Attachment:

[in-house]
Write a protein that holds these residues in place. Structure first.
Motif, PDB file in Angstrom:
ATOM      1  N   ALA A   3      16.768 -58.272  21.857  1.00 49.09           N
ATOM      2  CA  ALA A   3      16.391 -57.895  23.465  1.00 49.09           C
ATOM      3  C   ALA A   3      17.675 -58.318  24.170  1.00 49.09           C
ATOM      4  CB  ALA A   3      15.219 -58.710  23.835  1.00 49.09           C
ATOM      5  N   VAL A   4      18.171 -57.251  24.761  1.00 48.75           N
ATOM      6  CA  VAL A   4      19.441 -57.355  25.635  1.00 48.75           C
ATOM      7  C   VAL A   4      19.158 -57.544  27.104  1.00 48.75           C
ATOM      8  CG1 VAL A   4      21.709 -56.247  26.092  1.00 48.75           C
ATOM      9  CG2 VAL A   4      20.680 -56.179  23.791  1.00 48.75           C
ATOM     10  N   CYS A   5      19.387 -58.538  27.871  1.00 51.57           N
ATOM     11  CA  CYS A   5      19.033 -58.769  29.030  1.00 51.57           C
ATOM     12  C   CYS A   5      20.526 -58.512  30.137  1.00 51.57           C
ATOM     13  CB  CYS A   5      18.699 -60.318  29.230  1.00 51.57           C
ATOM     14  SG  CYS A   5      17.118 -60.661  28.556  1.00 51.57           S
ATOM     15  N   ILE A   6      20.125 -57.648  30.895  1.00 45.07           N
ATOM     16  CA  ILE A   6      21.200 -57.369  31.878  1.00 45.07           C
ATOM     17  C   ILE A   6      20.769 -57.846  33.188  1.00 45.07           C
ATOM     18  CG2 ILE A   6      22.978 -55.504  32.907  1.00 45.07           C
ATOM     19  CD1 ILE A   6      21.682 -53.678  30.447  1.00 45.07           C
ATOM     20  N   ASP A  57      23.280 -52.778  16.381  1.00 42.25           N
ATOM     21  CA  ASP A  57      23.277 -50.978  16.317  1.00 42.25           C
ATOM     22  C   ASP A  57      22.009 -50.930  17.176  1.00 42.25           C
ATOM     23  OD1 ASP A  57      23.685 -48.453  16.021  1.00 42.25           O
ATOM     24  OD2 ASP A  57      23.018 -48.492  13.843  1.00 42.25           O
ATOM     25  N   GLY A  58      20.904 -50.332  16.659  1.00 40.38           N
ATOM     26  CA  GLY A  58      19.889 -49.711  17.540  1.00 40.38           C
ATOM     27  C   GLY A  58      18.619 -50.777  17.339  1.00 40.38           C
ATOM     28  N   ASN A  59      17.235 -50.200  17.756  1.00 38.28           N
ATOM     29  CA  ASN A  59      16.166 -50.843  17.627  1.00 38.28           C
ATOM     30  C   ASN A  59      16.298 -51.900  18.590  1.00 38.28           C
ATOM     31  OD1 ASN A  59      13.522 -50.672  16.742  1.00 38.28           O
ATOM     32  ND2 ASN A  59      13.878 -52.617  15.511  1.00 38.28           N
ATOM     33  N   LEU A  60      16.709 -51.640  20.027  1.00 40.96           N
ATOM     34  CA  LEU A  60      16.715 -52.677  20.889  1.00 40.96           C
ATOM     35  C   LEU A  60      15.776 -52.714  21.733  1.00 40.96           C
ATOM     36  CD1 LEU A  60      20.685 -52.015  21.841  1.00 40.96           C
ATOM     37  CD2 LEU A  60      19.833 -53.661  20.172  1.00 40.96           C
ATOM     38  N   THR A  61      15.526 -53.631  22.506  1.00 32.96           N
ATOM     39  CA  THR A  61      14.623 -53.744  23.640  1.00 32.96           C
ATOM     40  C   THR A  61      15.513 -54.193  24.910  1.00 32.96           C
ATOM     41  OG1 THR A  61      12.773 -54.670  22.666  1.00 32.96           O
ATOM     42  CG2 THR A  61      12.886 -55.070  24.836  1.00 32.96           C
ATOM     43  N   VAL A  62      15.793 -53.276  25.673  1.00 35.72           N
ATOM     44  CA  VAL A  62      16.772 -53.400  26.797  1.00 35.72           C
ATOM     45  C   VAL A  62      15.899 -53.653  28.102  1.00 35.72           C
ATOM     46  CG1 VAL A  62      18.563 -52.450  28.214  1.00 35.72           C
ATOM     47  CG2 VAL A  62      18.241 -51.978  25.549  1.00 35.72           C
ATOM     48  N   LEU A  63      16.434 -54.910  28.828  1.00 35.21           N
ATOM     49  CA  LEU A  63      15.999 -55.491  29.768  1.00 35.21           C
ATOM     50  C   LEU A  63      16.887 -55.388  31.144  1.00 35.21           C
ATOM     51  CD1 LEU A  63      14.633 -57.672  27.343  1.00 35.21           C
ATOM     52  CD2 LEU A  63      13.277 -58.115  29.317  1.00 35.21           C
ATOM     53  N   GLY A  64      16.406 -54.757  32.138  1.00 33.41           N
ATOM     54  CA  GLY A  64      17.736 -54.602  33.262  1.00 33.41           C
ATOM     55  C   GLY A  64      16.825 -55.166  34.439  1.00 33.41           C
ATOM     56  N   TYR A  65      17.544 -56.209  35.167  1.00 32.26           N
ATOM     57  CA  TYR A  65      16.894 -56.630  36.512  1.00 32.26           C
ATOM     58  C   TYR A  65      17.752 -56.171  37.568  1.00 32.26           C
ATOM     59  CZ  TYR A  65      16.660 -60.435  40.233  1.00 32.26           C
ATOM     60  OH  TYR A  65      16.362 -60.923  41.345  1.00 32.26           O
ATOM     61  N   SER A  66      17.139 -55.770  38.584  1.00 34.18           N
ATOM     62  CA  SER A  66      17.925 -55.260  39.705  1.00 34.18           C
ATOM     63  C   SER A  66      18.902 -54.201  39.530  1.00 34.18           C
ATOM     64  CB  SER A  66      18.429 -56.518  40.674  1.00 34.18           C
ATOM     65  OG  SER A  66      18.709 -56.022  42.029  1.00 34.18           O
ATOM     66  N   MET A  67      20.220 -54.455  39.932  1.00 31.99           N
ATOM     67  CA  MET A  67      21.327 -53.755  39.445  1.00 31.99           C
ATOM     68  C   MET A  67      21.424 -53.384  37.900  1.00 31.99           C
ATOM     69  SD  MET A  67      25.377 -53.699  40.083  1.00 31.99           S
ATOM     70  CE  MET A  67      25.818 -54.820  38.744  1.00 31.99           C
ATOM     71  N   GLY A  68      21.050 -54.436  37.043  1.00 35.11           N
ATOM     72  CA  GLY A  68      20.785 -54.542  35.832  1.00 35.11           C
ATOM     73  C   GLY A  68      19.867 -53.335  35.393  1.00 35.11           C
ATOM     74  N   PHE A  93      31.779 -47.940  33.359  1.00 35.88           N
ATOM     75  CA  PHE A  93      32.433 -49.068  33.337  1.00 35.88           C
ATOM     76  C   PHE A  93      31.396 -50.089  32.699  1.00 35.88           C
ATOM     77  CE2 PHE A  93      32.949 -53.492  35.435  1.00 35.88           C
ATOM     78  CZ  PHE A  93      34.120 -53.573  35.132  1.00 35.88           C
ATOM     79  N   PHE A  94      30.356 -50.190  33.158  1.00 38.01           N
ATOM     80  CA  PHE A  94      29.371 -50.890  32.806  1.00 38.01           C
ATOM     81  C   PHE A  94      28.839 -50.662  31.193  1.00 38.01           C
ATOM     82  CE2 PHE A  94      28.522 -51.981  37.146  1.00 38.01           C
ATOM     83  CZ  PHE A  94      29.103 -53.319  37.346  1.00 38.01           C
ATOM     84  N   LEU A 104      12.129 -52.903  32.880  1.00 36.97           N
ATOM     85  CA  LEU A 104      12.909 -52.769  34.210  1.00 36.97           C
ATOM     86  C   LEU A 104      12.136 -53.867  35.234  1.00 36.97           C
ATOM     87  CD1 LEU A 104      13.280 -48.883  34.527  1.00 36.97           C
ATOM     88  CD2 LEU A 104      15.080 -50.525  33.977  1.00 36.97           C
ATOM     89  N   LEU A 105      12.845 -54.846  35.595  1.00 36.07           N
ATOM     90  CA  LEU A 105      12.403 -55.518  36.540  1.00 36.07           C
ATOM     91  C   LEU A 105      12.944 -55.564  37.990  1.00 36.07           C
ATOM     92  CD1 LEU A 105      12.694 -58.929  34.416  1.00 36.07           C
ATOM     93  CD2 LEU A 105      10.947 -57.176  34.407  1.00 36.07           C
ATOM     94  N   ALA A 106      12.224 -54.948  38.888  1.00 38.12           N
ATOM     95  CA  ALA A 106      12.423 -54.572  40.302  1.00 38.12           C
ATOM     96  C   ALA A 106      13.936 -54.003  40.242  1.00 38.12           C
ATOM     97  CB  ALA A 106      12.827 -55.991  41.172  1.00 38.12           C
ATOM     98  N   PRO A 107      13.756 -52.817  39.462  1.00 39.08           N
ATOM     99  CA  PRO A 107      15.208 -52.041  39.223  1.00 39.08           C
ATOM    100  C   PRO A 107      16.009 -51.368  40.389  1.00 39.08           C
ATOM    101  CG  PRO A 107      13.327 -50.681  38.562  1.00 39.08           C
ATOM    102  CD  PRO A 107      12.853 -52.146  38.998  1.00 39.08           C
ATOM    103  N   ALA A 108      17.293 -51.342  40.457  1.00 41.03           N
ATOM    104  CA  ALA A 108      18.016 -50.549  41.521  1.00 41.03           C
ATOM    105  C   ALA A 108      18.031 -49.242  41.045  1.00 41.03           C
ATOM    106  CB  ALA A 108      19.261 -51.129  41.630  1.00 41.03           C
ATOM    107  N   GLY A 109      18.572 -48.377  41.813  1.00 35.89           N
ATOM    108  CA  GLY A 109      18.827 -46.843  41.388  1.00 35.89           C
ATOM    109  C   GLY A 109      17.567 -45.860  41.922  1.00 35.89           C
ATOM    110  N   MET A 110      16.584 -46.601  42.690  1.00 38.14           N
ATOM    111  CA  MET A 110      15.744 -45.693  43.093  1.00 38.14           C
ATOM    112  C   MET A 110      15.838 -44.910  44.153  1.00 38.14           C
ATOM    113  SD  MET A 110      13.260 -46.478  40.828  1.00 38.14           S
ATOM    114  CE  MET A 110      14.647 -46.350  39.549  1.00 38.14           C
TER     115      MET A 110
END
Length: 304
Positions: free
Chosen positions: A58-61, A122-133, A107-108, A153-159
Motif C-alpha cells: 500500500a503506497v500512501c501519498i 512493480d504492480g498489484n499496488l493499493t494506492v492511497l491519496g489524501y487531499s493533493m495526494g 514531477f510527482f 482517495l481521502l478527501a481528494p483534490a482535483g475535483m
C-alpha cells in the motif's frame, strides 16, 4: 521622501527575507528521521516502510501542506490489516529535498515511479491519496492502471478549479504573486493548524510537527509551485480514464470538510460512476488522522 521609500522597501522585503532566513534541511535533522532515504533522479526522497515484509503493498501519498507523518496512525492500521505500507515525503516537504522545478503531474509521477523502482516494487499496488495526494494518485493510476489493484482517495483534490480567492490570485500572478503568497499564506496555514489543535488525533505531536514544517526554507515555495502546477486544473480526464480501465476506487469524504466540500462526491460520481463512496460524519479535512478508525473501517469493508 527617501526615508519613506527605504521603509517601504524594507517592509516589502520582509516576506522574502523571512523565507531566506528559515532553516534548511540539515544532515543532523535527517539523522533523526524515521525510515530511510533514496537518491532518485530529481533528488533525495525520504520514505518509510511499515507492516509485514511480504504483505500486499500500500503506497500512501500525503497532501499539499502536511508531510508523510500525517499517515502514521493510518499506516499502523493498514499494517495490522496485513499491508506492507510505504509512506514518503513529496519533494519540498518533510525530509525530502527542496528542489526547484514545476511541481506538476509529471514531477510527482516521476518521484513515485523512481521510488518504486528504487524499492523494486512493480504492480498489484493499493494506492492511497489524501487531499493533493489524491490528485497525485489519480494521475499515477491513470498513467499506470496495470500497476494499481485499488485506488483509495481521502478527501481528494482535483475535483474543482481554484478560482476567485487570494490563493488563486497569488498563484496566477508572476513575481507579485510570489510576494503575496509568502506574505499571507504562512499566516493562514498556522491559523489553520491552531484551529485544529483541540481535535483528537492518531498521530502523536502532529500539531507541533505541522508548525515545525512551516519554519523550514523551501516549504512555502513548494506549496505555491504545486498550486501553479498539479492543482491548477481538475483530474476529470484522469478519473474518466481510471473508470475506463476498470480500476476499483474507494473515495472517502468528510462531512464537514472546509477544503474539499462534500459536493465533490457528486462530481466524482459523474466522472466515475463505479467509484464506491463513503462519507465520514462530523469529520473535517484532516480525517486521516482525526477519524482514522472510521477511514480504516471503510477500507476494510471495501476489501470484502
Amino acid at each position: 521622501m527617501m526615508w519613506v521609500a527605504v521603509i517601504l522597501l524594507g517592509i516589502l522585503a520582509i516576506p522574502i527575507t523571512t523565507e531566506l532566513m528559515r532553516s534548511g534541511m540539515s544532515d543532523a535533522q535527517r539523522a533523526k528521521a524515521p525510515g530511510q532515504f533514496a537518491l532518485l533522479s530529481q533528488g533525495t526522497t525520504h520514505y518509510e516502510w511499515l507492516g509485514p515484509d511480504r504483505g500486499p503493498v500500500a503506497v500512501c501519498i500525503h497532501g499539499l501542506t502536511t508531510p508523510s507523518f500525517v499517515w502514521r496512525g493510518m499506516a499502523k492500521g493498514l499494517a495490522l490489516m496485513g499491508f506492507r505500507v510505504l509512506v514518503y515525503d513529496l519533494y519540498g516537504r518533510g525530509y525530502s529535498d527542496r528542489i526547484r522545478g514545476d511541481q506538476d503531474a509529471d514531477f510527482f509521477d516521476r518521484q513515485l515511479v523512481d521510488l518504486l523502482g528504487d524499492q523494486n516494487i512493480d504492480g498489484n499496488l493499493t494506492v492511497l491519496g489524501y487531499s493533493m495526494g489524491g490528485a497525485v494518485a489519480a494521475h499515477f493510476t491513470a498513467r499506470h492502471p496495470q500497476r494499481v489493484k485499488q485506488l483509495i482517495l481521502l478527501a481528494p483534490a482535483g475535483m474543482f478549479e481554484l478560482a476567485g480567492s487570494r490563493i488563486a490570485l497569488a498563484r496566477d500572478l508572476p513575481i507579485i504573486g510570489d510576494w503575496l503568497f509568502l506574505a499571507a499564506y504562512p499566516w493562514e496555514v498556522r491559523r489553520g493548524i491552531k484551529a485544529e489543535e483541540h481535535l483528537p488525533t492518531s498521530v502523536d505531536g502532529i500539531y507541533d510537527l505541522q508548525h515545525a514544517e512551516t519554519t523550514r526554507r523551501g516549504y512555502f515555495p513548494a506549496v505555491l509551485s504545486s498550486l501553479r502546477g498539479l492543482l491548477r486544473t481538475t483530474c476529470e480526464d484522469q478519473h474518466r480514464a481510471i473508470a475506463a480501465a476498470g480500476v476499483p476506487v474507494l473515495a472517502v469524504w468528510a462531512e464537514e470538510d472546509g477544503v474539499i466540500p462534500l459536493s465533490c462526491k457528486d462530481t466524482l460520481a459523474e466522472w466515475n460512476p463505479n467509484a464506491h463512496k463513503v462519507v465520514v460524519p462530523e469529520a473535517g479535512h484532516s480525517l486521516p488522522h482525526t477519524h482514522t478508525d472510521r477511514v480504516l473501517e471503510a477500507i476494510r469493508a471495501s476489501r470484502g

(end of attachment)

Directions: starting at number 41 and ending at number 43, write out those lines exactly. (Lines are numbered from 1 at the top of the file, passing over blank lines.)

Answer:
ATOM     38  N   THR A  61      15.526 -53.631  22.506  1.00 32.96           N
ATOM     39  CA  THR A  61      14.623 -53.744  23.640  1.00 32.96           C
ATOM     40  C   THR A  61      15.513 -54.193  24.910  1.00 32.96           C